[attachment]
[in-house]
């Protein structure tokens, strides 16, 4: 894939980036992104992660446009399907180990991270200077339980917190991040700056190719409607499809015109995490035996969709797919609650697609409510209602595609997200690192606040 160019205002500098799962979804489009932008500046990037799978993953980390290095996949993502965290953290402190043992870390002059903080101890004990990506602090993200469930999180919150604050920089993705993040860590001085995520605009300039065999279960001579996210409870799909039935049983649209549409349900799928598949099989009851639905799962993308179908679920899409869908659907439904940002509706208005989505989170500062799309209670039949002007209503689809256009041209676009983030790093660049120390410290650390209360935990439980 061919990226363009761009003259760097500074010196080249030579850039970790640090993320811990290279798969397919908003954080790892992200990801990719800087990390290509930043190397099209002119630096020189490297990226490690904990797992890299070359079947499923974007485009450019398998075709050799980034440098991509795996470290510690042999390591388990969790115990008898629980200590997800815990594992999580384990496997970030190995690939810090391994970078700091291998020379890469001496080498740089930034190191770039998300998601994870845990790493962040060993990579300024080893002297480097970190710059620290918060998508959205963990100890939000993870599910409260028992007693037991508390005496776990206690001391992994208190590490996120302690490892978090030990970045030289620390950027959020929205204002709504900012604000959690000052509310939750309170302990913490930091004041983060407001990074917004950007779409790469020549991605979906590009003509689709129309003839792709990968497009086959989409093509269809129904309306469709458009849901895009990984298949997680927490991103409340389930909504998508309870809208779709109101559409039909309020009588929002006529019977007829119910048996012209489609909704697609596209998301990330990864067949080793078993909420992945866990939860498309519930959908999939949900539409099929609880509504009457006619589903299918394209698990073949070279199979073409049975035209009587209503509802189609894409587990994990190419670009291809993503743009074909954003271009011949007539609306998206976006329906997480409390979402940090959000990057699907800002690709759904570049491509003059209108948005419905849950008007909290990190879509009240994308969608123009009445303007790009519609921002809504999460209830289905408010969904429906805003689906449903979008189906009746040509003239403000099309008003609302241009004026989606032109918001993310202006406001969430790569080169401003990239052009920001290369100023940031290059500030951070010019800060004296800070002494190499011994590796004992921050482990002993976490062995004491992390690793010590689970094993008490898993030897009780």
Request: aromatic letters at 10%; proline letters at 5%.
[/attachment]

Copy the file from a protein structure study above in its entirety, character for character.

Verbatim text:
[in-house]
């Protein structure tokens, strides 16, 4: 894939980036992104992660446009399907180990991270200077339980917190991040700056190719409607499809015109995490035996969709797919609650697609409510209602595609997200690192606040 160019205002500098799962979804489009932008500046990037799978993953980390290095996949993502965290953290402190043992870390002059903080101890004990990506602090993200469930999180919150604050920089993705993040860590001085995520605009300039065999279960001579996210409870799909039935049983649209549409349900799928598949099989009851639905799962993308179908679920899409869908659907439904940002509706208005989505989170500062799309209670039949002007209503689809256009041209676009983030790093660049120390410290650390209360935990439980 061919990226363009761009003259760097500074010196080249030579850039970790640090993320811990290279798969397919908003954080790892992200990801990719800087990390290509930043190397099209002119630096020189490297990226490690904990797992890299070359079947499923974007485009450019398998075709050799980034440098991509795996470290510690042999390591388990969790115990008898629980200590997800815990594992999580384990496997970030190995690939810090391994970078700091291998020379890469001496080498740089930034190191770039998300998601994870845990790493962040060993990579300024080893002297480097970190710059620290918060998508959205963990100890939000993870599910409260028992007693037991508390005496776990206690001391992994208190590490996120302690490892978090030990970045030289620390950027959020929205204002709504900012604000959690000052509310939750309170302990913490930091004041983060407001990074917004950007779409790469020549991605979906590009003509689709129309003839792709990968497009086959989409093509269809129904309306469709458009849901895009990984298949997680927490991103409340389930909504998508309870809208779709109101559409039909309020009588929002006529019977007829119910048996012209489609909704697609596209998301990330990864067949080793078993909420992945866990939860498309519930959908999939949900539409099929609880509504009457006619589903299918394209698990073949070279199979073409049975035209009587209503509802189609894409587990994990190419670009291809993503743009074909954003271009011949007539609306998206976006329906997480409390979402940090959000990057699907800002690709759904570049491509003059209108948005419905849950008007909290990190879509009240994308969608123009009445303007790009519609921002809504999460209830289905408010969904429906805003689906449903979008189906009746040509003239403000099309008003609302241009004026989606032109918001993310202006406001969430790569080169401003990239052009920001290369100023940031290059500030951070010019800060004296800070002494190499011994590796004992921050482990002993976490062995004491992390690793010590689970094993008490898993030897009780």
Request: aromatic letters at 10%; proline letters at 5%.